Preserving Culture through Photogrammetry at SXSW 2018

Understanding a culture starts with interpreting the objects it creates.  Right now there is a big conversation happening in the tech world about its role in preserving those objects. At a SXSW workshop with Arc/k Project Founder Brian Pope and photogrammetry specialists from his non-profit, participants discussed the importance of preserving cultural heritage through photogrammetry-the use of photography in surveying and mapping to measure distances between objects. These digital preservations have many applications, including virtual reality, and are a way to preserve in 3D what may no longer exist in the physical realm.


We’ve started to dig into photogrammetry at Isobar by working with The Heidelberg project, an outdoor art environment in the heart of an urban area in Detroit that scales a city block. The art project is entering a new phase in its life cycle, and before some of the structures change or are removed, Isobar hopes to help preserve them through photogrammetry.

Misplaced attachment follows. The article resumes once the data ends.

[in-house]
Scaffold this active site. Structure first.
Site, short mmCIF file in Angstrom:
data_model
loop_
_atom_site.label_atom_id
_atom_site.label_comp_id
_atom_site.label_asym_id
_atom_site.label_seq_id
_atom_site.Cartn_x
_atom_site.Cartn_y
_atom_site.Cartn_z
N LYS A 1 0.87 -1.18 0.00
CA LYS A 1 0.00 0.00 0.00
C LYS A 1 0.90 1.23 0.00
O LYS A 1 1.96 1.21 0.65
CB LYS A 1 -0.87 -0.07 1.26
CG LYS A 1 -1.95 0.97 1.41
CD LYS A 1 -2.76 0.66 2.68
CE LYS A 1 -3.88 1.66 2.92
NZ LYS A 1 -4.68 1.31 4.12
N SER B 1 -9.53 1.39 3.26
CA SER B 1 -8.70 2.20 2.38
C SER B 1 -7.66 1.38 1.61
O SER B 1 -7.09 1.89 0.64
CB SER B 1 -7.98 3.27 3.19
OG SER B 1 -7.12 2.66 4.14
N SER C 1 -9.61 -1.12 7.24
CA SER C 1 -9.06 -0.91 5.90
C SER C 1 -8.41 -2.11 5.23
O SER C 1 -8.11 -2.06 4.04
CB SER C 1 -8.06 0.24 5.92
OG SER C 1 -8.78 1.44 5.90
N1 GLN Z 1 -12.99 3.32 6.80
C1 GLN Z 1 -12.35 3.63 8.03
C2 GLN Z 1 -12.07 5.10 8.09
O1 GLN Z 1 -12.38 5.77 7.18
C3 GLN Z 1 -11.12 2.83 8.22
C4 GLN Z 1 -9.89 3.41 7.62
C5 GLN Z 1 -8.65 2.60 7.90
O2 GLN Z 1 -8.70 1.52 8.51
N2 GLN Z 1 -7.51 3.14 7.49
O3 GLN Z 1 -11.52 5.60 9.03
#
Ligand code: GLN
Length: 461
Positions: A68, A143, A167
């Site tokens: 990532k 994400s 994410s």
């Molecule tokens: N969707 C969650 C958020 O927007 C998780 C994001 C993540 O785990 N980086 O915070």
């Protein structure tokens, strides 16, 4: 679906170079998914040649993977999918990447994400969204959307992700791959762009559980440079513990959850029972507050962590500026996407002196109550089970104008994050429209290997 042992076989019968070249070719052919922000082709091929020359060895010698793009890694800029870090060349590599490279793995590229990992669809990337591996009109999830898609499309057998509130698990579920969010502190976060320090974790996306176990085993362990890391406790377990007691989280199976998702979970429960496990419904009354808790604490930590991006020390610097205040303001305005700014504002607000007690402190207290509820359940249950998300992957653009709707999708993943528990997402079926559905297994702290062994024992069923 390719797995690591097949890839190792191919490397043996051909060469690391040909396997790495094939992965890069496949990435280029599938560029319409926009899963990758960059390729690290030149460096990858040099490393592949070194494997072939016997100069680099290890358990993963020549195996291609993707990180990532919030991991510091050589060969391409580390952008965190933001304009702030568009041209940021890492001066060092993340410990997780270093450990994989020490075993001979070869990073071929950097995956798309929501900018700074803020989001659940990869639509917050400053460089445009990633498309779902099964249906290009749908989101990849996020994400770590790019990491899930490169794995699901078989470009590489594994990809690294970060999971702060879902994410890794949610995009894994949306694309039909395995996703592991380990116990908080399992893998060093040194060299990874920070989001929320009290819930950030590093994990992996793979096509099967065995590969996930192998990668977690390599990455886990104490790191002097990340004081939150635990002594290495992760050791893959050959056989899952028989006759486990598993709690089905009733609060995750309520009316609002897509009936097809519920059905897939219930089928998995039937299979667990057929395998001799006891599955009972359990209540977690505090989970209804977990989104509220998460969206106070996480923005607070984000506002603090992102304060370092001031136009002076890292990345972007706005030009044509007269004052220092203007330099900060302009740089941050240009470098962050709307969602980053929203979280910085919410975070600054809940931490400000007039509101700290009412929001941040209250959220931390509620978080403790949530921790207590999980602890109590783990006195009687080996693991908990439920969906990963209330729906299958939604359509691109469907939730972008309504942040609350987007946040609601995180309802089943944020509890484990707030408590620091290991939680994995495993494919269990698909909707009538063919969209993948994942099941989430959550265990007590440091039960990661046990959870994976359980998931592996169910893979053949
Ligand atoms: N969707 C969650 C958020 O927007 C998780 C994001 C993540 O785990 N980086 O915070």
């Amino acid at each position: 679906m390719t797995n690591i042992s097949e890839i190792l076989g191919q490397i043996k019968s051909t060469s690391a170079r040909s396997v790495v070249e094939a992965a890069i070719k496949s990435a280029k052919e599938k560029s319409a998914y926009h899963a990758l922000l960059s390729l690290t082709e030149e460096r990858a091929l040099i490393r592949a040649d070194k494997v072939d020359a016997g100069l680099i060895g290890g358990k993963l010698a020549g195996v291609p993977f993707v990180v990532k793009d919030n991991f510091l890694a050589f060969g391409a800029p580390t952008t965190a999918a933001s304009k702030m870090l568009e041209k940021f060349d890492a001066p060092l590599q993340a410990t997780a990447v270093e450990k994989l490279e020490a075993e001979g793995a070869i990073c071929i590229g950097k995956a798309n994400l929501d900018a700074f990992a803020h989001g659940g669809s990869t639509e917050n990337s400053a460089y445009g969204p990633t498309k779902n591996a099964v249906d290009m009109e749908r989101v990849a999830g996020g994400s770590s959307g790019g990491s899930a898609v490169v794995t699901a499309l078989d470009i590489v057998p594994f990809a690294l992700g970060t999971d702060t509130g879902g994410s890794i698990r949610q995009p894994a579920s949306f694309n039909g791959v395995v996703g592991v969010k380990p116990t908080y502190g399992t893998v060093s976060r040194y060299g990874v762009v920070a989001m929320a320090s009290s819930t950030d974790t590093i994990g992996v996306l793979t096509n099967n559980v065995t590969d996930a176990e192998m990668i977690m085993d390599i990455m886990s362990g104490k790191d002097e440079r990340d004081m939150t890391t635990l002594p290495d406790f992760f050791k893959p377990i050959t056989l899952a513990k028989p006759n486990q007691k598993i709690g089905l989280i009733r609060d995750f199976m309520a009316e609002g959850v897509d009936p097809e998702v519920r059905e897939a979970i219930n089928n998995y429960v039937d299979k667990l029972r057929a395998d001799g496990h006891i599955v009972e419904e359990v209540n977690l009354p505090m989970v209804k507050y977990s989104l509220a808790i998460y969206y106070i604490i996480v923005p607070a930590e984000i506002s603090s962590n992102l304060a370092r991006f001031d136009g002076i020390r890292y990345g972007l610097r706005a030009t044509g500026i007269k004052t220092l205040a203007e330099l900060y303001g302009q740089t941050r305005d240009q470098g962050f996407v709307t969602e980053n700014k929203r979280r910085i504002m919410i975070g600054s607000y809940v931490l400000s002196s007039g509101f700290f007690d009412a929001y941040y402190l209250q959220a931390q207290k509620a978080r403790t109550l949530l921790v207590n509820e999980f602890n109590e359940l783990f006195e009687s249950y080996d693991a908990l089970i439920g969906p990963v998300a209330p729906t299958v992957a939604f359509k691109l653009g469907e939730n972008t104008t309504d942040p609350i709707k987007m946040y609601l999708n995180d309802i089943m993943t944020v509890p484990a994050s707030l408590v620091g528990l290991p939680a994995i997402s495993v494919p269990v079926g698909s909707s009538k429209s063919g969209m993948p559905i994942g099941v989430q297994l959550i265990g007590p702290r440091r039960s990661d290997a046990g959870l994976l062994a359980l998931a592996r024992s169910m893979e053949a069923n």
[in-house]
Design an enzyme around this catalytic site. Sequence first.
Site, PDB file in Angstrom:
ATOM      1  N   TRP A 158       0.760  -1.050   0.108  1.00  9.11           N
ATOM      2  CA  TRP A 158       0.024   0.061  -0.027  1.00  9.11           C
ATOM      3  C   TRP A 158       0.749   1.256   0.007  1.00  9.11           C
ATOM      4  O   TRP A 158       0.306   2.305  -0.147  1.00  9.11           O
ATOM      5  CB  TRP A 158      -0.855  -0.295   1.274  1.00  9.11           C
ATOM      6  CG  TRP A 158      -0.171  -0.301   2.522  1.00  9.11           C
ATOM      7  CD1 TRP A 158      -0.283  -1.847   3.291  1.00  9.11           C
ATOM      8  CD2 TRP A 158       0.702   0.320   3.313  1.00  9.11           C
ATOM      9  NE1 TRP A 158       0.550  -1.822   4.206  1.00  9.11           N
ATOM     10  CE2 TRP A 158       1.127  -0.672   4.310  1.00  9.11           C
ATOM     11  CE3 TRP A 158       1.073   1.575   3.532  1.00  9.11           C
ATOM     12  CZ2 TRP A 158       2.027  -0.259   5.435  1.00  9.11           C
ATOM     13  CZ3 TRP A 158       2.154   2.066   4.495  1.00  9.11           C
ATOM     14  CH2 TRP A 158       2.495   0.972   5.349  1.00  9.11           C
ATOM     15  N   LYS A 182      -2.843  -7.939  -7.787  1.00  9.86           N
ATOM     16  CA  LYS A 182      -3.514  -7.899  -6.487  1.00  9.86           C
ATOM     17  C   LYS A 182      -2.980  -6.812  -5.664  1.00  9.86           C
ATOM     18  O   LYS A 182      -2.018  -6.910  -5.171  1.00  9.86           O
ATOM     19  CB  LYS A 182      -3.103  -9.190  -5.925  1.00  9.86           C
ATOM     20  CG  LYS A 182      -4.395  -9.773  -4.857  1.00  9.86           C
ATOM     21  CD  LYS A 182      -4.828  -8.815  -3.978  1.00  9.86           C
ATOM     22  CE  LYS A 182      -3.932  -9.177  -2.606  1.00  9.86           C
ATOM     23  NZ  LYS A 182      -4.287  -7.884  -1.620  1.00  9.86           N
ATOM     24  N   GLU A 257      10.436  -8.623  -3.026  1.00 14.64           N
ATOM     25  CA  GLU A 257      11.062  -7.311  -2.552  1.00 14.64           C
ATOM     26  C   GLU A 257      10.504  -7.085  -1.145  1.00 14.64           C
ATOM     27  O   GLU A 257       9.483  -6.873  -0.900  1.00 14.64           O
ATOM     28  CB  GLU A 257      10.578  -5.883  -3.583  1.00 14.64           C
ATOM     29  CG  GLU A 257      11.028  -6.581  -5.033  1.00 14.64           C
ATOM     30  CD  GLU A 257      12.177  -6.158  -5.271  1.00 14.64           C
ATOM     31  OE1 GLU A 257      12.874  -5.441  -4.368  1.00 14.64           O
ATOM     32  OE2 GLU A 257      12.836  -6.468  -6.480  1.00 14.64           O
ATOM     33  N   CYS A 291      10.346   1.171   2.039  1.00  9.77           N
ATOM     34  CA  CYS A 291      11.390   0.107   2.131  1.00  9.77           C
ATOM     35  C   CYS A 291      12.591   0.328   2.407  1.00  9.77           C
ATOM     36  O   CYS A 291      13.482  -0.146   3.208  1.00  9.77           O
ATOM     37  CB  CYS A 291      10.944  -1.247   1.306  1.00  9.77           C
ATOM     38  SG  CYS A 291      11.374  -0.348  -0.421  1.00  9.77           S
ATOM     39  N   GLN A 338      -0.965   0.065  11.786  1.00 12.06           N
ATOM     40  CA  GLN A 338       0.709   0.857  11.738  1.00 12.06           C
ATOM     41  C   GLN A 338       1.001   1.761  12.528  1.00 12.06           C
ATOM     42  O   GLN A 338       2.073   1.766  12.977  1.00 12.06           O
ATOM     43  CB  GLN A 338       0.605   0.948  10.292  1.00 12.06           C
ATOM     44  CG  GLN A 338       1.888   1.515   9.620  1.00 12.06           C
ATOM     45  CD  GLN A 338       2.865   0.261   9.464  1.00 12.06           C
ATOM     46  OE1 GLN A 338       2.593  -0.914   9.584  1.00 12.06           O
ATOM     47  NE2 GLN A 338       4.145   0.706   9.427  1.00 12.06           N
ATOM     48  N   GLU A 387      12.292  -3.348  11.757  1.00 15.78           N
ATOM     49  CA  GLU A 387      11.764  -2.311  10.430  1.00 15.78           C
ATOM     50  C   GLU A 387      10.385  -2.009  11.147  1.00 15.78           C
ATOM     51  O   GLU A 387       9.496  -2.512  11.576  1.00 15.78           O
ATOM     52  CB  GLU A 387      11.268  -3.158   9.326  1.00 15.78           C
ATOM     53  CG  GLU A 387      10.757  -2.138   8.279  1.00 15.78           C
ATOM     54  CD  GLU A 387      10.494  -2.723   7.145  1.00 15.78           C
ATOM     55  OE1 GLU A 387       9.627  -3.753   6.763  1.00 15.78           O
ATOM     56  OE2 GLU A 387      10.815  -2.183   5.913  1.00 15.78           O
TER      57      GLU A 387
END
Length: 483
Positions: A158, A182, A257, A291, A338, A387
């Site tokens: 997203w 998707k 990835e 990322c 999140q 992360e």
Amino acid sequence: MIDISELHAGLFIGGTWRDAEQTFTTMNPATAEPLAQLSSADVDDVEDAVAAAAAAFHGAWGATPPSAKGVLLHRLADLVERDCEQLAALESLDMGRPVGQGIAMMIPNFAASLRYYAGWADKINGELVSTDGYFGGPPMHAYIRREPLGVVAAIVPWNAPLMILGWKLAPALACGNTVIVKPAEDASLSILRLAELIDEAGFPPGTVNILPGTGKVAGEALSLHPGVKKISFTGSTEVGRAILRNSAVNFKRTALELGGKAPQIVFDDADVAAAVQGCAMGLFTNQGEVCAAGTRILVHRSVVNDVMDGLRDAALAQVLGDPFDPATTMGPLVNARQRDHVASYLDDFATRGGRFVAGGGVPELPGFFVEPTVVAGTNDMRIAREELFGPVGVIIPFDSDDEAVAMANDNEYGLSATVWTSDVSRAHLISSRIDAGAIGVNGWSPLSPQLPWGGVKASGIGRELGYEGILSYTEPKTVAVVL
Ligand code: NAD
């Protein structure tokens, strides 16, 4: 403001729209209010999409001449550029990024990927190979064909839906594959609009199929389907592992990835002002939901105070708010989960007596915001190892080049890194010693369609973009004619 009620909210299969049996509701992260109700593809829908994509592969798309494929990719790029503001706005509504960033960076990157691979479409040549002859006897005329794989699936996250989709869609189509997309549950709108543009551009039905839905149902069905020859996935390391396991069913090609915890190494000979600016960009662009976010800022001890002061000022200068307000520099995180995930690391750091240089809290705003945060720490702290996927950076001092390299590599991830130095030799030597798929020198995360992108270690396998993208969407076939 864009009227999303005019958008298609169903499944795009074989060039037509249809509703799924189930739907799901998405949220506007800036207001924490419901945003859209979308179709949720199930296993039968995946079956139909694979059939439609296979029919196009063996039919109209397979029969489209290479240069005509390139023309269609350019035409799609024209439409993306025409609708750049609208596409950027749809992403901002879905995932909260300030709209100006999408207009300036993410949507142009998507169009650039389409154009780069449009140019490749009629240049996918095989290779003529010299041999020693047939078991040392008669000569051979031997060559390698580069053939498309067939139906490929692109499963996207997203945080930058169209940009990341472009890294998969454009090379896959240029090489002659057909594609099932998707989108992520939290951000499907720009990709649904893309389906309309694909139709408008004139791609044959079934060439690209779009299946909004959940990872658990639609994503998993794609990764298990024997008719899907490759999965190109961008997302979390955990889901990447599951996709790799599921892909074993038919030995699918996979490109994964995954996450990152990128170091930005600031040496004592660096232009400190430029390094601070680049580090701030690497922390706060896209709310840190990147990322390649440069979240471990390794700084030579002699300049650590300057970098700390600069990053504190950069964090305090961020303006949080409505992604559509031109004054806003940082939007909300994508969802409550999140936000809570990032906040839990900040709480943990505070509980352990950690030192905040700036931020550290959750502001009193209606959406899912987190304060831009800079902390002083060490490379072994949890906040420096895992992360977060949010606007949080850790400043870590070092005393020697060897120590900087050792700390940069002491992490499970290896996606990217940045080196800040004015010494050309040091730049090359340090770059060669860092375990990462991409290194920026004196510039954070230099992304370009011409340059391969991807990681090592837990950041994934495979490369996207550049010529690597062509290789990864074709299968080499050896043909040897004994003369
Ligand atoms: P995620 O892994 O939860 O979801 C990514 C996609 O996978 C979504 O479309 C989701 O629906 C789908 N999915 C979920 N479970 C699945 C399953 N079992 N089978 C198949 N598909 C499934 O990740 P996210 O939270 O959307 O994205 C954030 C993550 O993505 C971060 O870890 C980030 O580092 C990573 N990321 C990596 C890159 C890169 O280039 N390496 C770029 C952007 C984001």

This relatively low cost of photogrammetry (objects can be captured with any 8 megapixel or higher camera, including a smart phone) provides a democratic tool for anyone to begin work on preservation and become what Brian Pope calls a “citizen scientist.”

Institutions and museums are often times weary about implementing this form of digital preservation, as there are no universal standards for 3D quality, and production companies who complete the photogrammetry can have uncertain futures, which is at odds with preservation efforts. Quality assessment and knowledge sharing through workshops like today’s help to move the efforts in the right direction, and agencies like Isobar can help to make community impact by preserving the legacy of the culture at large.